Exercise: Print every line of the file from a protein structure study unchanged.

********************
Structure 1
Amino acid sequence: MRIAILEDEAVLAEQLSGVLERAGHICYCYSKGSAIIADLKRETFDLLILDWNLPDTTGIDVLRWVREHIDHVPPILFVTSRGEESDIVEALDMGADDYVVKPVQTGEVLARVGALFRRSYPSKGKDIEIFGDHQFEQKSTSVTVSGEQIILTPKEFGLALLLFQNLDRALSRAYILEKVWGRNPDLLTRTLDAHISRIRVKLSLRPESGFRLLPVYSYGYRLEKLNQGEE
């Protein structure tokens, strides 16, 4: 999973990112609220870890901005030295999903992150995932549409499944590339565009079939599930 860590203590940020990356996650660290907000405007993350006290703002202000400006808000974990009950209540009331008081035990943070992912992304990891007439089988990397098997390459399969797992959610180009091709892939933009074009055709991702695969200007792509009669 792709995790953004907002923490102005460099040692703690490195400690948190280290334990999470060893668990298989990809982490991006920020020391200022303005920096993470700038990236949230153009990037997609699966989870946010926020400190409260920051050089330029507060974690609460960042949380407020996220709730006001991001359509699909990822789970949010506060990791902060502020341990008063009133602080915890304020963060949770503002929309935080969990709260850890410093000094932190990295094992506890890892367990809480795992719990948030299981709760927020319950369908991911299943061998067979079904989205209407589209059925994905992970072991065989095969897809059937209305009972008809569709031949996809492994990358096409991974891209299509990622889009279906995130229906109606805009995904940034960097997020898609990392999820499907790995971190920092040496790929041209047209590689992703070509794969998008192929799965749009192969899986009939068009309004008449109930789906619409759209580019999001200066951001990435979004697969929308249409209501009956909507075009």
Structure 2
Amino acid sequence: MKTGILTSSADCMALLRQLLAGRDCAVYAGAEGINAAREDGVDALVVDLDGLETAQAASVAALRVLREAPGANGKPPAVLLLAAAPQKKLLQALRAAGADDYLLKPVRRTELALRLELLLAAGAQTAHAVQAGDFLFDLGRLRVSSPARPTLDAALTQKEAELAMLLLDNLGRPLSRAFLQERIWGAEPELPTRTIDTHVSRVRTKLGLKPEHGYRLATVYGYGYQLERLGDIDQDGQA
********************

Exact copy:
Structure 1
Amino acid sequence: MRIAILEDEAVLAEQLSGVLERAGHICYCYSKGSAIIADLKRETFDLLILDWNLPDTTGIDVLRWVREHIDHVPPILFVTSRGEESDIVEALDMGADDYVVKPVQTGEVLARVGALFRRSYPSKGKDIEIFGDHQFEQKSTSVTVSGEQIILTPKEFGLALLLFQNLDRALSRAYILEKVWGRNPDLLTRTLDAHISRIRVKLSLRPESGFRLLPVYSYGYRLEKLNQGEE
């Protein structure tokens, strides 16, 4: 999973990112609220870890901005030295999903992150995932549409499944590339565009079939599930 860590203590940020990356996650660290907000405007993350006290703002202000400006808000974990009950209540009331008081035990943070992912992304990891007439089988990397098997390459399969797992959610180009091709892939933009074009055709991702695969200007792509009669 792709995790953004907002923490102005460099040692703690490195400690948190280290334990999470060893668990298989990809982490991006920020020391200022303005920096993470700038990236949230153009990037997609699966989870946010926020400190409260920051050089330029507060974690609460960042949380407020996220709730006001991001359509699909990822789970949010506060990791902060502020341990008063009133602080915890304020963060949770503002929309935080969990709260850890410093000094932190990295094992506890890892367990809480795992719990948030299981709760927020319950369908991911299943061998067979079904989205209407589209059925994905992970072991065989095969897809059937209305009972008809569709031949996809492994990358096409991974891209299509990622889009279906995130229906109606805009995904940034960097997020898609990392999820499907790995971190920092040496790929041209047209590689992703070509794969998008192929799965749009192969899986009939068009309004008449109930789906619409759209580019999001200066951001990435979004697969929308249409209501009956909507075009």
Structure 2
Amino acid sequence: MKTGILTSSADCMALLRQLLAGRDCAVYAGAEGINAAREDGVDALVVDLDGLETAQAASVAALRVLREAPGANGKPPAVLLLAAAPQKKLLQALRAAGADDYLLKPVRRTELALRLELLLAAGAQTAHAVQAGDFLFDLGRLRVSSPARPTLDAALTQKEAELAMLLLDNLGRPLSRAFLQERIWGAEPELPTRTIDTHVSRVRTKLGLKPEHGYRLATVYGYGYQLERLGDIDQDGQA